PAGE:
That’s how the script played out, as Murray reached base twice, scored once and was central to two of the three innings in which Chatham scored, but Harwich came away with the win. Gonzalez had two singles — the second coming with two out and nobody on in the ninth, to jumpstart the three-run, game-tying rally.
They’d win it the next inning after. Gonzalez made the second out of the inning, striking out with the bases loaded but cheered hard, as VT’s Perez picked him up, following with the game-winning walk.
It’s been that kind of summer so far for Gonzalez in Harwich — a lot of great moments, like the late rallies, on the field and plenty to do off it.
“I love going to the gym here. We usually get a group of guys and go work out before the game and stuff,” he said, while actually on his way to the gym. “I love hanging out with my host family. I got lucky with a great host family and just hanging out with the guys.”
He’s also gotten to hang out with Murray, as Chatham is nearby. He hasn’t gone to the beach, but he said that can wait — especially the beach in Chatham.
“I’m not that big of a beach person. I want to go there at least once, though,” he said. “Chatham is where they filmed “Shark Week” and that’s where A.J. is. So I would definitely not go in the water there.”
Matt is fine if the closest he gets to the water is his team’s nickname, which these days is pretty good.
The Mariners are right where they want to be, heading into Saturday’s games at 7-2 and leading the East Division.
Gonzalez should help them stay there as he continues to get where he wants to be on his summer to-do list.
“I’d like to cut down on my strikeouts and just be a better two-strike hitter,” he said. “I’d like to work on my defense. I didn’t get to play much infield this year, so I’d like to work on that.”
While he struck out twice against Chatham, he also reached base three times, twice doing so with two strikes.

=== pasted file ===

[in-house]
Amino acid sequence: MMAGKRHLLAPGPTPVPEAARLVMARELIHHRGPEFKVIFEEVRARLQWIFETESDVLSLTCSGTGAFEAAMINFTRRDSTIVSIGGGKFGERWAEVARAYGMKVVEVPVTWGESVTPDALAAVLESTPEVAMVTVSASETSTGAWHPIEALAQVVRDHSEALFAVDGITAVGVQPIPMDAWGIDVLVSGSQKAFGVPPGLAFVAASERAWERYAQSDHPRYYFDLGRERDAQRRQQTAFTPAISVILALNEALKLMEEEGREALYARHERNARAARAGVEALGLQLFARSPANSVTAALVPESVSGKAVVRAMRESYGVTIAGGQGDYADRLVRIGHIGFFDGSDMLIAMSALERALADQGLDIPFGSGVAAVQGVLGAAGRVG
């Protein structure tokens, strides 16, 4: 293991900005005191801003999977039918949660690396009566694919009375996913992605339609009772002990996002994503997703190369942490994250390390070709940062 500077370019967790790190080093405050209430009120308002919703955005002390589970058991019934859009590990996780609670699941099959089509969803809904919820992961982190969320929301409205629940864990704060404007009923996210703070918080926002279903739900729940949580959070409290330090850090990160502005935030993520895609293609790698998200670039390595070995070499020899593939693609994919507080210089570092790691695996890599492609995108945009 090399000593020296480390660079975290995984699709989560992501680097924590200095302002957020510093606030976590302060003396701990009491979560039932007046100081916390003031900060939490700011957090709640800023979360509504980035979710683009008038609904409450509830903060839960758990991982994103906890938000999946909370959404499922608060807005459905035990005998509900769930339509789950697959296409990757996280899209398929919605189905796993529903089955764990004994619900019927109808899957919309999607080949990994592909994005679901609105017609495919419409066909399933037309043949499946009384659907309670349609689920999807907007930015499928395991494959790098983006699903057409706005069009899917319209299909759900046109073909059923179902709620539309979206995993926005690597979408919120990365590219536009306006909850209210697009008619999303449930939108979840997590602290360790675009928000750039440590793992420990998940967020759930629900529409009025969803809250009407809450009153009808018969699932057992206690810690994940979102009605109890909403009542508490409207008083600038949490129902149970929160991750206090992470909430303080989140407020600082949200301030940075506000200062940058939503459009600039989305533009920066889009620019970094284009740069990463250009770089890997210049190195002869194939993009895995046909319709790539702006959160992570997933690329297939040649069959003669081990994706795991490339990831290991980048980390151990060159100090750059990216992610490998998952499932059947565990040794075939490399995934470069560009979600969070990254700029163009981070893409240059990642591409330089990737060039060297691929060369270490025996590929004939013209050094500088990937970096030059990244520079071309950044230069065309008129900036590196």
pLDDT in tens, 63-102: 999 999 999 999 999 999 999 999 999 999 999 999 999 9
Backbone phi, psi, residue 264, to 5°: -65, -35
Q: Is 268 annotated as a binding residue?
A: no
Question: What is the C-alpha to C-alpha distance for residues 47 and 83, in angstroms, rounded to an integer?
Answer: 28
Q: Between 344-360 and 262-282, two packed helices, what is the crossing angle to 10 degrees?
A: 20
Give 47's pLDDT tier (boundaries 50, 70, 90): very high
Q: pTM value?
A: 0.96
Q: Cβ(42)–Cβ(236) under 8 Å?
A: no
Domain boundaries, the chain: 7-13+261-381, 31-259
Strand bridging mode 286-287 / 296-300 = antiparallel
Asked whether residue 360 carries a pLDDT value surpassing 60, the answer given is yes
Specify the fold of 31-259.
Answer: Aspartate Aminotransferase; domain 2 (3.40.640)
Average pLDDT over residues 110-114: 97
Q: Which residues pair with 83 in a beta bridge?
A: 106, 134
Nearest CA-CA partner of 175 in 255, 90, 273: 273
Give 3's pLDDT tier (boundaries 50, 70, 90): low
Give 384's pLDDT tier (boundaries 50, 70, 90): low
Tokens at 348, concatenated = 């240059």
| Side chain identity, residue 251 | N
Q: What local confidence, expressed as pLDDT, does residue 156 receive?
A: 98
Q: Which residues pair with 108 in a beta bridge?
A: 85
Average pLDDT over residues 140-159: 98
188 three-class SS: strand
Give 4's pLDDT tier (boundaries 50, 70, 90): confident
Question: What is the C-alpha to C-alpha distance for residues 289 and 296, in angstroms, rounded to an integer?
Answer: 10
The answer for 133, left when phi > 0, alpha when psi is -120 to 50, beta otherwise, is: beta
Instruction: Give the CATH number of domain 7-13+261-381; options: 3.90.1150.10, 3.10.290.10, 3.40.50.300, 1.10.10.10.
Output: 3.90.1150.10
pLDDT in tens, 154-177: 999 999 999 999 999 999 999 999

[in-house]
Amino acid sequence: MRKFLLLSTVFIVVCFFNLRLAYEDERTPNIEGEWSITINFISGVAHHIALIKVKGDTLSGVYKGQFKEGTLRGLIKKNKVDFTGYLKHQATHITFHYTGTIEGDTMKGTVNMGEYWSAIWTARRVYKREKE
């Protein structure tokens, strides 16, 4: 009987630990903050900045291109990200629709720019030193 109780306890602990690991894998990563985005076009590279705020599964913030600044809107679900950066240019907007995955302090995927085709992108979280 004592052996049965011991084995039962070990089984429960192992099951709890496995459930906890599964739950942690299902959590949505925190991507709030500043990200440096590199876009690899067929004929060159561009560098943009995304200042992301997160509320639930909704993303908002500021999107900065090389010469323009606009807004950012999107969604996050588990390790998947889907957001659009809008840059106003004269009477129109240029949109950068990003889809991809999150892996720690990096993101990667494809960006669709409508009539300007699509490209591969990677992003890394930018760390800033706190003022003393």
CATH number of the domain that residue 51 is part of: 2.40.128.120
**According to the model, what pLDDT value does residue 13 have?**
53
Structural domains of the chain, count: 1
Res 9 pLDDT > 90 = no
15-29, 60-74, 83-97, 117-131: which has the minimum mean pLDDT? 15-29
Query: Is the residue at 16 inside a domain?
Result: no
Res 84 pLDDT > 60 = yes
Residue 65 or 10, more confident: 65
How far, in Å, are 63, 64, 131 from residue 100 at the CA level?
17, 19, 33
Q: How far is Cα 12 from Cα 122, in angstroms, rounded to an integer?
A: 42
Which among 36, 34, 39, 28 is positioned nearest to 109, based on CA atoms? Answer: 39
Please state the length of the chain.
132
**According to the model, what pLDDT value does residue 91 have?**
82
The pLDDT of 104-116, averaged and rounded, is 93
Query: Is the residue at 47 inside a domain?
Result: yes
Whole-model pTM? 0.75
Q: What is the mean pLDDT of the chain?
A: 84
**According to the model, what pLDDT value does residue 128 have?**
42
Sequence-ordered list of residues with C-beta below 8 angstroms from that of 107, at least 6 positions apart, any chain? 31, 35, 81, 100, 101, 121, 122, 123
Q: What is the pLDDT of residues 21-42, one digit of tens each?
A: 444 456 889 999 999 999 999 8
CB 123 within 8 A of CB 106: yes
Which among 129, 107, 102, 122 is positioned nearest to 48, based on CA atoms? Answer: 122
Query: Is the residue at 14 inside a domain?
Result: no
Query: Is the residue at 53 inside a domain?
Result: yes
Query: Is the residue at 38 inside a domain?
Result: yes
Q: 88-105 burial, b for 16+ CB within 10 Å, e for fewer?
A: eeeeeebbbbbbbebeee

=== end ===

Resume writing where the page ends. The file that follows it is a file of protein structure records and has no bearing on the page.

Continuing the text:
On the defensive side, he’s back on the infield, playing third and short, and has made only one error in 15 chances (a .938 fielding percentage). That’s after playing the outfield in 2014, where he ranked among the nation’s leaders in outfield assists (9).
“I just prefer to be on the field in any way I can,” he said. “Third base I felt more comfortable because that’s where I’ve played most of my life but towards the end of the season I loved the outfield. I felt real comfortable out there. So anywhere I can get on the field.”
Getting time at short is something of a homecoming as well.
“It’s been a while since I’ve played there but I have always loved playing short,” said Gonzalez, who played both at Harrison High School, where he also closed (a role in which so far he has not yet been called). “It’s kind of funny because a few years ago if people were to ask me what position I played I would have told them shortstop in a heartbeat. But now when people ask me I have to pause for a second to think about it, and usually just reply `Anywhere they need me.'”
As he’s proving in Harwich this summer, that also means with anyone.